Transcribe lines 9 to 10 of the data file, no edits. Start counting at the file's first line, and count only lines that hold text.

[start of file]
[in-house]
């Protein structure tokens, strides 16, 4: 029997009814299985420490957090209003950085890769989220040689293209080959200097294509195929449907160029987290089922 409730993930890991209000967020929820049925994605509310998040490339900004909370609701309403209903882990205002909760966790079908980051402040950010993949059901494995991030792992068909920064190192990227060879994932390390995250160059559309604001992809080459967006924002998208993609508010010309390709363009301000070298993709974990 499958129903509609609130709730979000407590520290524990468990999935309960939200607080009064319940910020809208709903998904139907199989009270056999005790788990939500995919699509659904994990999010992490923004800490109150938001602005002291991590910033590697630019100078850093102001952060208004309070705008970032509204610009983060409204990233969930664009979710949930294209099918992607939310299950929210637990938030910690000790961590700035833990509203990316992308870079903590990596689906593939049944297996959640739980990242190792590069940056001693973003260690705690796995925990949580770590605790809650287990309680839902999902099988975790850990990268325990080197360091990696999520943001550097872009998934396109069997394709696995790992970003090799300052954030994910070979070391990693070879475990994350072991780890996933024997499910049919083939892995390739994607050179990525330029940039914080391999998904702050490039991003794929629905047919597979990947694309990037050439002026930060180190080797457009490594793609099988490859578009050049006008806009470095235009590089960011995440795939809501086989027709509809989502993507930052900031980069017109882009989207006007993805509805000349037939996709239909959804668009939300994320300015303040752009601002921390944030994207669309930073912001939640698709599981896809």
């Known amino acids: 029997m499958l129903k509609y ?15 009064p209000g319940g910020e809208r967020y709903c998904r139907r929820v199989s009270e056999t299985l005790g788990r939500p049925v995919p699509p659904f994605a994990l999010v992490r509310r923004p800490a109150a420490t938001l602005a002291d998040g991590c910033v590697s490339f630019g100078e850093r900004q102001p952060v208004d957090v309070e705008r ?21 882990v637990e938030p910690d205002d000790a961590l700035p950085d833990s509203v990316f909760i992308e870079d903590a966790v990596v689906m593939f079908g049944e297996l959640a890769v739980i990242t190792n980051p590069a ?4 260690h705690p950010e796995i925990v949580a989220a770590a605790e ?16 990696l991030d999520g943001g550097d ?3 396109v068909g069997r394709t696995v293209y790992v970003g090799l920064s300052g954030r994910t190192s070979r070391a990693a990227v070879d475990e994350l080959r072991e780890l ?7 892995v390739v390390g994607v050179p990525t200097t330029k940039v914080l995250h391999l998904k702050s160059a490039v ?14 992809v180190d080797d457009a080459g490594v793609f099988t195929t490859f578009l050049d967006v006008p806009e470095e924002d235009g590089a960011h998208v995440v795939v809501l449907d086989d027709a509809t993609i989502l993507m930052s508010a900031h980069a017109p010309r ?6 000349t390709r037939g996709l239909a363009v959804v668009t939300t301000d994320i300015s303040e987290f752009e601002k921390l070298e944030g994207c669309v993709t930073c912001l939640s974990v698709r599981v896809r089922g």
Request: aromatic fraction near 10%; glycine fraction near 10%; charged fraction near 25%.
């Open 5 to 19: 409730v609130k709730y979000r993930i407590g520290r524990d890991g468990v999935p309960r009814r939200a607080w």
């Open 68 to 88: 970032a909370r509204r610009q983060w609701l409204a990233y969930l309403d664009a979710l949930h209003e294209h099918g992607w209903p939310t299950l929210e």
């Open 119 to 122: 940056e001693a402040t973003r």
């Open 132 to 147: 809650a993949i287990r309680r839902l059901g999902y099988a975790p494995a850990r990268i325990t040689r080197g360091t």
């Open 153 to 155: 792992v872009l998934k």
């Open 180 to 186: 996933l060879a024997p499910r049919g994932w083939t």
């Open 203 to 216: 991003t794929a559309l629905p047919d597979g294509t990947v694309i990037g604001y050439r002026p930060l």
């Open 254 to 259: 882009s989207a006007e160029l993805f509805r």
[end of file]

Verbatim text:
């Open 153 to 155: 792992v872009l998934k």
């Open 180 to 186: 996933l060879a024997p499910r049919g994932w083939t």